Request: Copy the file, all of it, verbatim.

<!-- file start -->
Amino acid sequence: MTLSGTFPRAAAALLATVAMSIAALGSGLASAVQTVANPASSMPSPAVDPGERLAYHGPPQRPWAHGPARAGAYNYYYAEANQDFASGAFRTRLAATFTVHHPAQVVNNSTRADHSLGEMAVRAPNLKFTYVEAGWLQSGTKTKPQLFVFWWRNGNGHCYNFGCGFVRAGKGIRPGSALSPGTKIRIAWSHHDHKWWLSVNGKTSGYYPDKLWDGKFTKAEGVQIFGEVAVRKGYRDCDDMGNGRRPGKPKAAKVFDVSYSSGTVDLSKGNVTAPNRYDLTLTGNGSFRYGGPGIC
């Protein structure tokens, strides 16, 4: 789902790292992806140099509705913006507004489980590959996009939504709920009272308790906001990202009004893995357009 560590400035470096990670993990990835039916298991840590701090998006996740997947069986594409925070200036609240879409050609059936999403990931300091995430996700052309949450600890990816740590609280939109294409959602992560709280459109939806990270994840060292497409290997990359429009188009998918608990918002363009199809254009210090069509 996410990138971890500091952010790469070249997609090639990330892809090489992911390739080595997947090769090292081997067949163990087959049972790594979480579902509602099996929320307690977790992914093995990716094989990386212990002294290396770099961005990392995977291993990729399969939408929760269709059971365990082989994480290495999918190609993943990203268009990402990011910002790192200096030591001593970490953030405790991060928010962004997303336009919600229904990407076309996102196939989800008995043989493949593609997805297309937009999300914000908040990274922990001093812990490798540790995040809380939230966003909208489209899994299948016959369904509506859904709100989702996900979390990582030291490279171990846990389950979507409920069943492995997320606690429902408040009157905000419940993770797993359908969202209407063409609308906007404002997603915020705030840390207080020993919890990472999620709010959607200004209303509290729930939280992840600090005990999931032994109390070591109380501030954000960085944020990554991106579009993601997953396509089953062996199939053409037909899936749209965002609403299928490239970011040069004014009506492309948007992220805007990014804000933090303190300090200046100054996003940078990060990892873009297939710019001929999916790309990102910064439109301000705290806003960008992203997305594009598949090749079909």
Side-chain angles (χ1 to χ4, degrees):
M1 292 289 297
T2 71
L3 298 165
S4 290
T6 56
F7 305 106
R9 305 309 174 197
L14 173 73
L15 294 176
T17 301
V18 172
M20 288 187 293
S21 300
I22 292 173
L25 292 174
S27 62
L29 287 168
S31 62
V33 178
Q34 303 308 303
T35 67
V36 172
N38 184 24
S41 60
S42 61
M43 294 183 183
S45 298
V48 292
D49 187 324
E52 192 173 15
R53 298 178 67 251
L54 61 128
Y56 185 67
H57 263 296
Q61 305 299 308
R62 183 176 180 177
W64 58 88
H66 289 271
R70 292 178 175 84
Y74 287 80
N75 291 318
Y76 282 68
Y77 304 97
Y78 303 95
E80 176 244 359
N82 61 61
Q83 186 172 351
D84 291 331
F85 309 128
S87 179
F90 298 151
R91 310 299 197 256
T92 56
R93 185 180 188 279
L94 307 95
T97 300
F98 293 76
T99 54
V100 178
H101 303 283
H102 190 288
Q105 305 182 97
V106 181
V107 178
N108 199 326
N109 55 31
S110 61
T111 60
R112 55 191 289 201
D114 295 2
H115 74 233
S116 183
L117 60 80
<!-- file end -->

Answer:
Amino acid sequence: MTLSGTFPRAAAALLATVAMSIAALGSGLASAVQTVANPASSMPSPAVDPGERLAYHGPPQRPWAHGPARAGAYNYYYAEANQDFASGAFRTRLAATFTVHHPAQVVNNSTRADHSLGEMAVRAPNLKFTYVEAGWLQSGTKTKPQLFVFWWRNGNGHCYNFGCGFVRAGKGIRPGSALSPGTKIRIAWSHHDHKWWLSVNGKTSGYYPDKLWDGKFTKAEGVQIFGEVAVRKGYRDCDDMGNGRRPGKPKAAKVFDVSYSSGTVDLSKGNVTAPNRYDLTLTGNGSFRYGGPGIC
């Protein structure tokens, strides 16, 4: 789902790292992806140099509705913006507004489980590959996009939504709920009272308790906001990202009004893995357009 560590400035470096990670993990990835039916298991840590701090998006996740997947069986594409925070200036609240879409050609059936999403990931300091995430996700052309949450600890990816740590609280939109294409959602992560709280459109939806990270994840060292497409290997990359429009188009998918608990918002363009199809254009210090069509 996410990138971890500091952010790469070249997609090639990330892809090489992911390739080595997947090769090292081997067949163990087959049972790594979480579902509602099996929320307690977790992914093995990716094989990386212990002294290396770099961005990392995977291993990729399969939408929760269709059971365990082989994480290495999918190609993943990203268009990402990011910002790192200096030591001593970490953030405790991060928010962004997303336009919600229904990407076309996102196939989800008995043989493949593609997805297309937009999300914000908040990274922990001093812990490798540790995040809380939230966003909208489209899994299948016959369904509506859904709100989702996900979390990582030291490279171990846990389950979507409920069943492995997320606690429902408040009157905000419940993770797993359908969202209407063409609308906007404002997603915020705030840390207080020993919890990472999620709010959607200004209303509290729930939280992840600090005990999931032994109390070591109380501030954000960085944020990554991106579009993601997953396509089953062996199939053409037909899936749209965002609403299928490239970011040069004014009506492309948007992220805007990014804000933090303190300090200046100054996003940078990060990892873009297939710019001929999916790309990102910064439109301000705290806003960008992203997305594009598949090749079909």
Side-chain angles (χ1 to χ4, degrees):
M1 292 289 297
T2 71
L3 298 165
S4 290
T6 56
F7 305 106
R9 305 309 174 197
L14 173 73
L15 294 176
T17 301
V18 172
M20 288 187 293
S21 300
I22 292 173
L25 292 174
S27 62
L29 287 168
S31 62
V33 178
Q34 303 308 303
T35 67
V36 172
N38 184 24
S41 60
S42 61
M43 294 183 183
S45 298
V48 292
D49 187 324
E52 192 173 15
R53 298 178 67 251
L54 61 128
Y56 185 67
H57 263 296
Q61 305 299 308
R62 183 176 180 177
W64 58 88
H66 289 271
R70 292 178 175 84
Y74 287 80
N75 291 318
Y76 282 68
Y77 304 97
Y78 303 95
E80 176 244 359
N82 61 61
Q83 186 172 351
D84 291 331
F85 309 128
S87 179
F90 298 151
R91 310 299 197 256
T92 56
R93 185 180 188 279
L94 307 95
T97 300
F98 293 76
T99 54
V100 178
H101 303 283
H102 190 288
Q105 305 182 97
V106 181
V107 178
N108 199 326
N109 55 31
S110 61
T111 60
R112 55 191 289 201
D114 295 2
H115 74 233
S116 183
L117 60 80